Paul Krugman has an op-ed in today’s New York Times in which he likens the rise and decline of technology companies to Ibn Khaldun’s account of the rise and decline of dynasties: success breeds complacency and soon the barbarians are running the show. This happened, he argues, to Microsoft, which once upon a time dominated the computer industry thanks to network externalities:
The odd thing was that nobody seemed to like Microsoft’s products. By all accounts, Apple computers were better than PCs using Windows as their operating system. Yet the vast majority of desktop and laptop computers ran Windows. Why?
The answer, basically, is that everyone used Windows because everyone used Windows. If you had a Windows PC and wanted help, you could ask the guy in the next cubicle, or the tech people downstairs, and have a very good chance of getting the answer you needed. Software was designed to run on PCs; peripheral devices were designed to work with PCs.
This state of affairs bred complacency and Microsoft failed to anticipate the shift to mobile devices. Now Apple risks the same fate.
Anyway, the funny thing is that Apple’s position in mobile devices now bears a strong resemblance to Microsoft’s former position in operating systems. True, Apple produces high-quality products. But they are, by most accounts, little if any better than those of rivals, while selling at premium prices.
So why do people buy them? Network externalities: lots of other people use iWhatevers, there are more apps for iOS than for other systems, so Apple becomes the safe and easy choice. Meet the new boss, same as the old boss.
Now, the iPhone and iPad are extremely successful and Apples makes tons of money on them. But Apple does not, in fact, dominate the smart-phone market. Indeed, iOS accounts for something like 13% of the worldwide market. Rather, in the US, Apple sales account for a plurality of mobile devices. Indeed, it isn’t at all clear that the App Store drives demand for Apple rather than, say clever branding. Indeed, I’m having trouble tracking down surveys but I suspect the fame of the App Store is much more important than the variety of its offerings. But my guess is that much of Apple’s relative success comes from design principles. Their products are easy to use, generally “just work,” and have superior aesthetics.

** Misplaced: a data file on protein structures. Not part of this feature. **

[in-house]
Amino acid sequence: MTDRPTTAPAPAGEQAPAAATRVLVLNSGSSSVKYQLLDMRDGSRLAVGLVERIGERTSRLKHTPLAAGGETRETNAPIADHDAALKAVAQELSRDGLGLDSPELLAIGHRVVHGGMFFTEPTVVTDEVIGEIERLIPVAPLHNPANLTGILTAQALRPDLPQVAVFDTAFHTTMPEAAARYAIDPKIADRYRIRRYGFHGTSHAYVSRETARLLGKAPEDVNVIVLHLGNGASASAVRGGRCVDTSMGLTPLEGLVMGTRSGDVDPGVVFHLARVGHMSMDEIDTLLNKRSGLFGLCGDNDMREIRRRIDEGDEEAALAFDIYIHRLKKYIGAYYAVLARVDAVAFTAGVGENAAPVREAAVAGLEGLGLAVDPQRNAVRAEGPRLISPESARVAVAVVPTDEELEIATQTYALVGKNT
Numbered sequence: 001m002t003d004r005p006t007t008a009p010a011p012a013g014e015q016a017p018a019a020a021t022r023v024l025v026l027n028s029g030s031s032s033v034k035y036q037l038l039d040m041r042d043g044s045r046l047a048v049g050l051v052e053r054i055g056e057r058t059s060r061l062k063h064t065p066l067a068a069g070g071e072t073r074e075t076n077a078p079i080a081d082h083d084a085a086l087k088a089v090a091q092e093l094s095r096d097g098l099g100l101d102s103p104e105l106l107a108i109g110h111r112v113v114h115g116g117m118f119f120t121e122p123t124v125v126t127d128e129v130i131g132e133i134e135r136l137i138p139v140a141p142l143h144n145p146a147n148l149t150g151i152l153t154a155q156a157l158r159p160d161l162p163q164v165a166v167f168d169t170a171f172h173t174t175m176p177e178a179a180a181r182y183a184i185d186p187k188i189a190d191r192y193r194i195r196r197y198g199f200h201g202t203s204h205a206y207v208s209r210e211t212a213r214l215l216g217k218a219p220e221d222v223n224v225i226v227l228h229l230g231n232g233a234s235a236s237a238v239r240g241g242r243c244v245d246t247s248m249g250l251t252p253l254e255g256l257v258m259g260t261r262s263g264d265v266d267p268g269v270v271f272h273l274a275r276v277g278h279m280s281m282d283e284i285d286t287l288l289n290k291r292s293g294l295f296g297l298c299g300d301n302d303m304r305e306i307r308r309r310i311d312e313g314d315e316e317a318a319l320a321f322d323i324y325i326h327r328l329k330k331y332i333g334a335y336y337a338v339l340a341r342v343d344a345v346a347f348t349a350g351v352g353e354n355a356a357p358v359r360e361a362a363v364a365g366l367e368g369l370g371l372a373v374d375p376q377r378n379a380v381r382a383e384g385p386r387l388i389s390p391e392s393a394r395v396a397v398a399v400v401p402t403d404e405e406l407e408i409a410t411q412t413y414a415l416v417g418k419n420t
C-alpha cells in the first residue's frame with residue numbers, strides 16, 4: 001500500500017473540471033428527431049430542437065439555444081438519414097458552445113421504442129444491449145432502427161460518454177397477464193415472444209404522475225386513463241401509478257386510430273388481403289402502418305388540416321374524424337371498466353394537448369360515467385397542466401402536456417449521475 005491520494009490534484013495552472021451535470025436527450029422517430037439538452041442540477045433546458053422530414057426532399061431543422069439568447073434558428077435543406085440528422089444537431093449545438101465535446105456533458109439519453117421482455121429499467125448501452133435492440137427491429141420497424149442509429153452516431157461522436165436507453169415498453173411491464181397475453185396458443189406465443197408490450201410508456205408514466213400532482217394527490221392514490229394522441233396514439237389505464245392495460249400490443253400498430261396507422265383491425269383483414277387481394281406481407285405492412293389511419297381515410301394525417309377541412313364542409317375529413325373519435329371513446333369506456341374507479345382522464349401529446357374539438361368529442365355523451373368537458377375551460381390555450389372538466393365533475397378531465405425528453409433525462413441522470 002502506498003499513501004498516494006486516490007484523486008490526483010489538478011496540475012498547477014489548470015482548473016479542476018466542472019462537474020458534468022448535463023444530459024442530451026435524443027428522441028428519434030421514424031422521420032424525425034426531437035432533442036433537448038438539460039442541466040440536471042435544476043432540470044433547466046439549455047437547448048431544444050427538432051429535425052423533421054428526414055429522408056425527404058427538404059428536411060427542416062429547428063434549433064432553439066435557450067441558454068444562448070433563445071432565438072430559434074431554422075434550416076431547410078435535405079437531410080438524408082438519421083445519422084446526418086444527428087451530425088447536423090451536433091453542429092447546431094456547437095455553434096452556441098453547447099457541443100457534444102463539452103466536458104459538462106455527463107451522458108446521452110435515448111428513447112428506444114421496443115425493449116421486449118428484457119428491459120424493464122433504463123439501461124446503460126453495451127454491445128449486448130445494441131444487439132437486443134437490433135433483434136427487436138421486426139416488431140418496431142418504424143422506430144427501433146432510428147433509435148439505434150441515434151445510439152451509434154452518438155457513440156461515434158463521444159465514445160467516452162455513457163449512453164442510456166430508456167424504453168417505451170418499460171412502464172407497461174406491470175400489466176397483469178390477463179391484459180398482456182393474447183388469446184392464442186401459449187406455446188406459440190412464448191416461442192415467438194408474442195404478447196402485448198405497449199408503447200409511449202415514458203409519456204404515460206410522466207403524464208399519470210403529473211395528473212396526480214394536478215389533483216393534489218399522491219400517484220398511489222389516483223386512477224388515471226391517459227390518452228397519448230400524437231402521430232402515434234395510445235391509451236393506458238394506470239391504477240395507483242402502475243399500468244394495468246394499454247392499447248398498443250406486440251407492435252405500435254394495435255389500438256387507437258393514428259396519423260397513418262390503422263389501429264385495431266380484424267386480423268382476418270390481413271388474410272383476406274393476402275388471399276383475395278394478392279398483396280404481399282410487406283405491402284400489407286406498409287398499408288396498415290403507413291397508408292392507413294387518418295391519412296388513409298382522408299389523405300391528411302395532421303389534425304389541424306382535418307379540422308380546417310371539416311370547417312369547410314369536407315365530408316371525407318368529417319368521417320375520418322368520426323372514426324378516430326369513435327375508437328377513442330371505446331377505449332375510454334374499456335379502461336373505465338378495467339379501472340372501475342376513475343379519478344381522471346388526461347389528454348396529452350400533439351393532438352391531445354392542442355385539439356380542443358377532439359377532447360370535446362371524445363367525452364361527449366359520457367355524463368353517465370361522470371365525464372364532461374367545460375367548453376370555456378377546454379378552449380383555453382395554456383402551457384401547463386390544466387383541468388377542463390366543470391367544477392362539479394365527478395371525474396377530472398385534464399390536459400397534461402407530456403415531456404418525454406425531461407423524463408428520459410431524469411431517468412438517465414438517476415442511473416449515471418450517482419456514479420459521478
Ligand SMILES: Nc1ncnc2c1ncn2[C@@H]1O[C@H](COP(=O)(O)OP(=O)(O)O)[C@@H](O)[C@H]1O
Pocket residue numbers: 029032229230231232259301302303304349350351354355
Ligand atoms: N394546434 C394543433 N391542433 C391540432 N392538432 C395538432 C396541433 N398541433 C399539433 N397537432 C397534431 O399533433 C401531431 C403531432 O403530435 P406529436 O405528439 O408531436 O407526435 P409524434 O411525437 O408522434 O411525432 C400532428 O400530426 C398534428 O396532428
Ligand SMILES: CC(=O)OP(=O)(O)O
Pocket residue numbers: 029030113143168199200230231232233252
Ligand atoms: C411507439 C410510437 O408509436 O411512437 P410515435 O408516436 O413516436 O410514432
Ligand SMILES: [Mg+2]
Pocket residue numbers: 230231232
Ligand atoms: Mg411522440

Moreover, any story about iOS needs to start with the iPod, which is were Apple built its reputation and the consumer base for the iPhone. MacOS may have suffered from Microsoft’s positive network externalities–driven originally by dominance of the business market–but iOS didn’t, and here Krugman gets it right, face the same market ecology.*
Bottom-line: it isn’t clear that network externalities explain Apple’s ginormous profits–and we shouldn’t conflate those profits, or US market share, with actual dominance of the overall mobile-device market.
*But this should lead less to a comparative analysis of Microsoft, but of RIM/Blackberry.